In recent years newer industries have located in Coventry and major improvements continue to regenerate the city centre. At present these include the redevelopment of the Belgrade Theatre and the building of IKEA‘s first city centre multistorey store. Future projects include the deepening of Swanswell Pool which will be linked to Coventry Canal Basin, coupled with the creation of an urban marina and a wide Parisian-style boulevard. Tourists attractions include the free-to-enter Coventry Transport Museum, which has the largest collection of British-made road vehicles in the world and contains the world speed record-breaking cars, Thrust2 and ThrustSSC. There is also the Midland Air Museum and a police force museum located in the city‘s main police station, along with the Herbert Art Gallery and Museum, the reconstructed Roman Lunt Fort and Coventry City Farm.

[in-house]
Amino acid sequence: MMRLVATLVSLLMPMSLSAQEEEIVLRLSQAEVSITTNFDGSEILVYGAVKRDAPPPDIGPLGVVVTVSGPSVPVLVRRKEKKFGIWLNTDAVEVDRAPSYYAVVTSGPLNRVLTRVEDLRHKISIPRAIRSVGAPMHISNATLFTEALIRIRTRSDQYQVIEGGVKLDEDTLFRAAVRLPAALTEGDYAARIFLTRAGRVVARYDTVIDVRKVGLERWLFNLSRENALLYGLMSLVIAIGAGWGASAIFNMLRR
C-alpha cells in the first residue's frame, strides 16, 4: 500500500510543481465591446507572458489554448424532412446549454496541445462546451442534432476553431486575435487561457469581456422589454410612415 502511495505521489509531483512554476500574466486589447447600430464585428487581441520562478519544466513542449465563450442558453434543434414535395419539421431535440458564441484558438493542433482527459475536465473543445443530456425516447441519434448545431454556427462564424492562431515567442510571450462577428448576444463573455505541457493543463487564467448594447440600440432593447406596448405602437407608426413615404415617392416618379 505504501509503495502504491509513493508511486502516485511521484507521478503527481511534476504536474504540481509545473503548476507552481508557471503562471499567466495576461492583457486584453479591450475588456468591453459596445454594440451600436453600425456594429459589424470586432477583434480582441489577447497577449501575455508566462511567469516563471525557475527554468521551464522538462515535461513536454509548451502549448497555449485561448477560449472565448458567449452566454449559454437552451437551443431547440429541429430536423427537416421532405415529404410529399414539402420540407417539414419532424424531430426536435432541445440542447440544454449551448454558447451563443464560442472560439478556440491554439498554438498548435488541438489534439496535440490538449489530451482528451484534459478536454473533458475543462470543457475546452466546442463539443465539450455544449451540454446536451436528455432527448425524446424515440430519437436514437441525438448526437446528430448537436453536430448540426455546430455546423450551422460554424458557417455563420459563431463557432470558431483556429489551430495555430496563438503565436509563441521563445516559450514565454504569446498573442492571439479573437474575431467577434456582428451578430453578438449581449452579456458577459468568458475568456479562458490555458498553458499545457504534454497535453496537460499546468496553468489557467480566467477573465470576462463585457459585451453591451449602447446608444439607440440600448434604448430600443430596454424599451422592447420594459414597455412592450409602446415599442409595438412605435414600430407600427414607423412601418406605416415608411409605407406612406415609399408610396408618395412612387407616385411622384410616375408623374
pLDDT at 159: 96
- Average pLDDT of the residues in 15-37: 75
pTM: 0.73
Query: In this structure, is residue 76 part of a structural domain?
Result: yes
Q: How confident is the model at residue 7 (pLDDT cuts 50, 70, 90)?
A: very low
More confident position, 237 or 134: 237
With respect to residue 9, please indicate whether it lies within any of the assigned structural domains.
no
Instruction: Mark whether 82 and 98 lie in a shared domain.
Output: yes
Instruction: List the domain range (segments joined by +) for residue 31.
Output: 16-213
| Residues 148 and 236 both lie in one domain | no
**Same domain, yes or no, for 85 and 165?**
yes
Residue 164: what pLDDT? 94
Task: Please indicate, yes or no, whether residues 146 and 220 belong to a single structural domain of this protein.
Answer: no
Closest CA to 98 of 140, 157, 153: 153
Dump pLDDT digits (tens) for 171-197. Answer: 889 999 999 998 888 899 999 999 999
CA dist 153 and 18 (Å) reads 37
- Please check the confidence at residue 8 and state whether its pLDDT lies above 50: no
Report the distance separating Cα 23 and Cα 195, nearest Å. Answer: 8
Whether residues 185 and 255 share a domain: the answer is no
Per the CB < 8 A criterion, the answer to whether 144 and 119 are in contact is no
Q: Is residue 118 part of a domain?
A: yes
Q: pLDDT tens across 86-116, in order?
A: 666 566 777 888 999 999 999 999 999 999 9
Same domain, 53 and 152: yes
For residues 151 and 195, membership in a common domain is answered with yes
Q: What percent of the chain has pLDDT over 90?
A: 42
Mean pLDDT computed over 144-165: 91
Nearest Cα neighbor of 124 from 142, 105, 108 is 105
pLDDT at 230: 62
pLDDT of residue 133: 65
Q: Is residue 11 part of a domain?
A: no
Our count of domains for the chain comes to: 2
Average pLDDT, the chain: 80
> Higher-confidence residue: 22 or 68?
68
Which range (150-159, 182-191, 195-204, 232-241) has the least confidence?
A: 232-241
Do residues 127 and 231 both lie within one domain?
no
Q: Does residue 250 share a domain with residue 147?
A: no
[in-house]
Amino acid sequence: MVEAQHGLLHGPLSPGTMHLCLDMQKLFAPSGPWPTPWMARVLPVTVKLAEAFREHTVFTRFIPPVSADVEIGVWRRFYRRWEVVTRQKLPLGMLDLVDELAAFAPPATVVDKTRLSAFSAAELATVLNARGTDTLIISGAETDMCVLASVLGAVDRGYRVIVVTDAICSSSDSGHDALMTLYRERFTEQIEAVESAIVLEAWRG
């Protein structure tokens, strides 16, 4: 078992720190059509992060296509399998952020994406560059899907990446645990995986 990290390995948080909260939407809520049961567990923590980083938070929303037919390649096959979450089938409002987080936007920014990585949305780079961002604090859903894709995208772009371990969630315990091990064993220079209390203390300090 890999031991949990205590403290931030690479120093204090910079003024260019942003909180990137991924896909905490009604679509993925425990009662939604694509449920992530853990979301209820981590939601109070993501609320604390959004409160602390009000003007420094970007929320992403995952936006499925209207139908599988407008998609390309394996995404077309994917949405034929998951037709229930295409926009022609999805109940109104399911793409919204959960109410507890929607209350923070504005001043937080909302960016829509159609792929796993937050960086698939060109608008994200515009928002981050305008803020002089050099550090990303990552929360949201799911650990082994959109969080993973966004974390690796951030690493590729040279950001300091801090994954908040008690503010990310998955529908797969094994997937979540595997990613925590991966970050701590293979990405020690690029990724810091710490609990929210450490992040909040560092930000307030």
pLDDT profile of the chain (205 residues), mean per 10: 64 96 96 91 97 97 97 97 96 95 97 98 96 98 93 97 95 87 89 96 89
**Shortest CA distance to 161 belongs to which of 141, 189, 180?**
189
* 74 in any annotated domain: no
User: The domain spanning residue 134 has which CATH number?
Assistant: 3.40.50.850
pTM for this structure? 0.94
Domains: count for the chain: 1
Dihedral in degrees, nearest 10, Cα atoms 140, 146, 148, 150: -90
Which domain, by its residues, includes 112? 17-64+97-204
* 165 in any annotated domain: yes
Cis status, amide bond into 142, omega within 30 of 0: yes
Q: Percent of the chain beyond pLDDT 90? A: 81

why “sent to Coventry”? The 14th Century Saint John‘s (or Bablake) Church became a prison for hundreds of the Duke of Hamilton‘s troops during the Civil War of 1647. The Puritan people of Coventry, loyal to the parliamentary cause, shunned the prisoners and so it came to be that those “sent to Coventry” where, and still are, completely ignored‘.